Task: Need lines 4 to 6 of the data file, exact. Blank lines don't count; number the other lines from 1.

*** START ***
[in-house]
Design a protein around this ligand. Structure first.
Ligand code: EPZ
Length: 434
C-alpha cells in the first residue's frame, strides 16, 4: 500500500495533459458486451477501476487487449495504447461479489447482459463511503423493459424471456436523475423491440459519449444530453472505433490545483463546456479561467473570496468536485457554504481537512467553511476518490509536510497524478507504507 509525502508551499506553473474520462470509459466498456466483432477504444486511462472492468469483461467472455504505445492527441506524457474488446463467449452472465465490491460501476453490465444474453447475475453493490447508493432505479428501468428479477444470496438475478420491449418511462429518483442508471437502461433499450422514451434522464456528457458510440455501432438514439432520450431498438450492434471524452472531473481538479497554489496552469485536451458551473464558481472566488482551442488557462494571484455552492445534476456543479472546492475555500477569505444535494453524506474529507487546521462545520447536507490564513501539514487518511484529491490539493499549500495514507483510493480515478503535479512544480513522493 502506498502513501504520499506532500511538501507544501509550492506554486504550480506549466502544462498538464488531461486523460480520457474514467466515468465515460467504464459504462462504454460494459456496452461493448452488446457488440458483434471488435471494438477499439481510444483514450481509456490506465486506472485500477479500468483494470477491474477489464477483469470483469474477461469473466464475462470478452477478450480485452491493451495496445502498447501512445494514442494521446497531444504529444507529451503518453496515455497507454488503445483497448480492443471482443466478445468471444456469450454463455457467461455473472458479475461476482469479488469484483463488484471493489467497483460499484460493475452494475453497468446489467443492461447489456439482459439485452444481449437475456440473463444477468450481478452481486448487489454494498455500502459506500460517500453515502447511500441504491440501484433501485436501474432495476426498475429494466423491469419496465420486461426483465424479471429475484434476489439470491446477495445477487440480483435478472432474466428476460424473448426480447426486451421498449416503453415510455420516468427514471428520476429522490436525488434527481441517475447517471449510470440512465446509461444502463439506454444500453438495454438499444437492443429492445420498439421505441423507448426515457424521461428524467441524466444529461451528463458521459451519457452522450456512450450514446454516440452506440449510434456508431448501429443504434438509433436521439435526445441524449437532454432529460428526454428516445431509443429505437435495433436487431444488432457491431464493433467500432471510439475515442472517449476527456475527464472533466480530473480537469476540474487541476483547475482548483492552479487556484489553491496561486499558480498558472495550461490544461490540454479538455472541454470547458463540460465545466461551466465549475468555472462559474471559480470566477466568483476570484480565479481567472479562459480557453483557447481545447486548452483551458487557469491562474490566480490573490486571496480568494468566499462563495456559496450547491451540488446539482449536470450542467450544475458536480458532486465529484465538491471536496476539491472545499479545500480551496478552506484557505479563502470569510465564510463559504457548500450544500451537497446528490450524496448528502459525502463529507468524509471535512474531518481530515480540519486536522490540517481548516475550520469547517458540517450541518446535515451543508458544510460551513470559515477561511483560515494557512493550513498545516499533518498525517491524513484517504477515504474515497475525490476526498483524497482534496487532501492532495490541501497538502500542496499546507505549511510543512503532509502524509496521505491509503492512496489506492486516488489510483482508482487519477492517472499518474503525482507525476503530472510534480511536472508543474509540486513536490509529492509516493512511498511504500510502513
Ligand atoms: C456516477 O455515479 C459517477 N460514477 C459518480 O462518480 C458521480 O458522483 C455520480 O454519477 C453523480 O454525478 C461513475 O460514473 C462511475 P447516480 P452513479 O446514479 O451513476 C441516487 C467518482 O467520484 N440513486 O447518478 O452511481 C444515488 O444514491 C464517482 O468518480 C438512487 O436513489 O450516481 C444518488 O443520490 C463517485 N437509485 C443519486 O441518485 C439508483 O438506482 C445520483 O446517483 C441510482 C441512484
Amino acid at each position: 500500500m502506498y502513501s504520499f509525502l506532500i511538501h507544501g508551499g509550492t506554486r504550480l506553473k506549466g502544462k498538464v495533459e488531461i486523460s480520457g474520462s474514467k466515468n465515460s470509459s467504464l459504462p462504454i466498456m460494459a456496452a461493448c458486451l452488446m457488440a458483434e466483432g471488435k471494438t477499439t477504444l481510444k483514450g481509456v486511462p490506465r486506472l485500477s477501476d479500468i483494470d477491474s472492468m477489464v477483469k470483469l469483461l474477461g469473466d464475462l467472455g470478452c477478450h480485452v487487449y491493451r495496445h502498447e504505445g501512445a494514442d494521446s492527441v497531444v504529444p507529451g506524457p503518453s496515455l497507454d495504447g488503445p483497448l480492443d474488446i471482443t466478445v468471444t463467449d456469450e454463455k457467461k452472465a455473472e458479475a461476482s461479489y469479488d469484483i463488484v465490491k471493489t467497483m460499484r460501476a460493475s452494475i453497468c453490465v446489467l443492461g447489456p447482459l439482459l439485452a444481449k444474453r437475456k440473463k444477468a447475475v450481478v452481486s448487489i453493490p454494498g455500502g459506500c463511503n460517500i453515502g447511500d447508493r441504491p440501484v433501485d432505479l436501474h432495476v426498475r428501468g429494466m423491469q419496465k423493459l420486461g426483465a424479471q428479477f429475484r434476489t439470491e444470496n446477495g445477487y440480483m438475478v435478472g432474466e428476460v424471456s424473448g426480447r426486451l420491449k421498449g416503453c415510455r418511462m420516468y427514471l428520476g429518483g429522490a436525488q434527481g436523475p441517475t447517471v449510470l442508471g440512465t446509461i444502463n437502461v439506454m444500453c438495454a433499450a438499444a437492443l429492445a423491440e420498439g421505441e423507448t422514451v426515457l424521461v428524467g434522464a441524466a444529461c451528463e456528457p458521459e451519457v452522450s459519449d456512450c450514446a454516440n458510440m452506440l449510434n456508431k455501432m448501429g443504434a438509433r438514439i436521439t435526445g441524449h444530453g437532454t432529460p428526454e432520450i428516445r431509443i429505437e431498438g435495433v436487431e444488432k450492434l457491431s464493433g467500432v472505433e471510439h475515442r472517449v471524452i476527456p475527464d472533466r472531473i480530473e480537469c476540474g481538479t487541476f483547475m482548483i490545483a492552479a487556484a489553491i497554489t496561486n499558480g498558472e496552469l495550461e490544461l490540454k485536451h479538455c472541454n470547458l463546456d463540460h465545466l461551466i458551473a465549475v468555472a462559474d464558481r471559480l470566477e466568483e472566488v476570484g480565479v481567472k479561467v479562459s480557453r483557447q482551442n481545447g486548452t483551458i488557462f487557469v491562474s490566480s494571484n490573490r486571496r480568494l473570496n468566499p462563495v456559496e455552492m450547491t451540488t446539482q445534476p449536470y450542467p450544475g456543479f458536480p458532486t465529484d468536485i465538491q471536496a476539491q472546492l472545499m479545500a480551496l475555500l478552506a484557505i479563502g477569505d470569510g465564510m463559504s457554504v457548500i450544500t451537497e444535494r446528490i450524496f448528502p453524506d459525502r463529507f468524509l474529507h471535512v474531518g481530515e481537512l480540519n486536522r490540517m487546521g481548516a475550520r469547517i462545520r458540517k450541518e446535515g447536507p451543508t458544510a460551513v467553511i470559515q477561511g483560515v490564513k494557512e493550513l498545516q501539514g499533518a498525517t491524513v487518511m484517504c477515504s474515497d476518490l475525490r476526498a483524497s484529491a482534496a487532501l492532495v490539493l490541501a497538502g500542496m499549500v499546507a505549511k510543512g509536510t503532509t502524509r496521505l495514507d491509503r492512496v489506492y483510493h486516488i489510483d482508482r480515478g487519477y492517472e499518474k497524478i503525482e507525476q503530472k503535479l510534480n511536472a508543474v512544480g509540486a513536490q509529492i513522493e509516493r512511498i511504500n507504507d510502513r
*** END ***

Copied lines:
Length: 434
C-alpha cells in the first residue's frame, strides 16, 4: 500500500495533459458486451477501476487487449495504447461479489447482459463511503423493459424471456436523475423491440459519449444530453472505433490545483463546456479561467473570496468536485457554504481537512467553511476518490509536510497524478507504507 509525502508551499506553473474520462470509459466498456466483432477504444486511462472492468469483461467472455504505445492527441506524457474488446463467449452472465465490491460501476453490465444474453447475475453493490447508493432505479428501468428479477444470496438475478420491449418511462429518483442508471437502461433499450422514451434522464456528457458510440455501432438514439432520450431498438450492434471524452472531473481538479497554489496552469485536451458551473464558481472566488482551442488557462494571484455552492445534476456543479472546492475555500477569505444535494453524506474529507487546521462545520447536507490564513501539514487518511484529491490539493499549500495514507483510493480515478503535479512544480513522493 502506498502513501504520499506532500511538501507544501509550492506554486504550480506549466502544462498538464488531461486523460480520457474514467466515468465515460467504464459504462462504454460494459456496452461493448452488446457488440458483434471488435471494438477499439481510444483514450481509456490506465486506472485500477479500468483494470477491474477489464477483469470483469474477461469473466464475462470478452477478450480485452491493451495496445502498447501512445494514442494521446497531444504529444507529451503518453496515455497507454488503445483497448480492443471482443466478445468471444456469450454463455457467461455473472458479475461476482469479488469484483463488484471493489467497483460499484460493475452494475453497468446489467443492461447489456439482459439485452444481449437475456440473463444477468450481478452481486448487489454494498455500502459506500460517500453515502447511500441504491440501484433501485436501474432495476426498475429494466423491469419496465420486461426483465424479471429475484434476489439470491446477495445477487440480483435478472432474466428476460424473448426480447426486451421498449416503453415510455420516468427514471428520476429522490436525488434527481441517475447517471449510470440512465446509461444502463439506454444500453438495454438499444437492443429492445420498439421505441423507448426515457424521461428524467441524466444529461451528463458521459451519457452522450456512450450514446454516440452506440449510434456508431448501429443504434438509433436521439435526445441524449437532454432529460428526454428516445431509443429505437435495433436487431444488432457491431464493433467500432471510439475515442472517449476527456475527464472533466480530473480537469476540474487541476483547475482548483492552479487556484489553491496561486499558480498558472495550461490544461490540454479538455472541454470547458463540460465545466461551466465549475468555472462559474471559480470566477466568483476570484480565479481567472479562459480557453483557447481545447486548452483551458487557469491562474490566480490573490486571496480568494468566499462563495456559496450547491451540488446539482449536470450542467450544475458536480458532486465529484465538491471536496476539491472545499479545500480551496478552506484557505479563502470569510465564510463559504457548500450544500451537497446528490450524496448528502459525502463529507468524509471535512474531518481530515480540519486536522490540517481548516475550520469547517458540517450541518446535515451543508458544510460551513470559515477561511483560515494557512493550513498545516499533518498525517491524513484517504477515504474515497475525490476526498483524497482534496487532501492532495490541501497538502500542496499546507505549511510543512503532509502524509496521505491509503492512496489506492486516488489510483482508482487519477492517472499518474503525482507525476503530472510534480511536472508543474509540486513536490509529492509516493512511498511504500510502513
Ligand atoms: C456516477 O455515479 C459517477 N460514477 C459518480 O462518480 C458521480 O458522483 C455520480 O454519477 C453523480 O454525478 C461513475 O460514473 C462511475 P447516480 P452513479 O446514479 O451513476 C441516487 C467518482 O467520484 N440513486 O447518478 O452511481 C444515488 O444514491 C464517482 O468518480 C438512487 O436513489 O450516481 C444518488 O443520490 C463517485 N437509485 C443519486 O441518485 C439508483 O438506482 C445520483 O446517483 C441510482 C441512484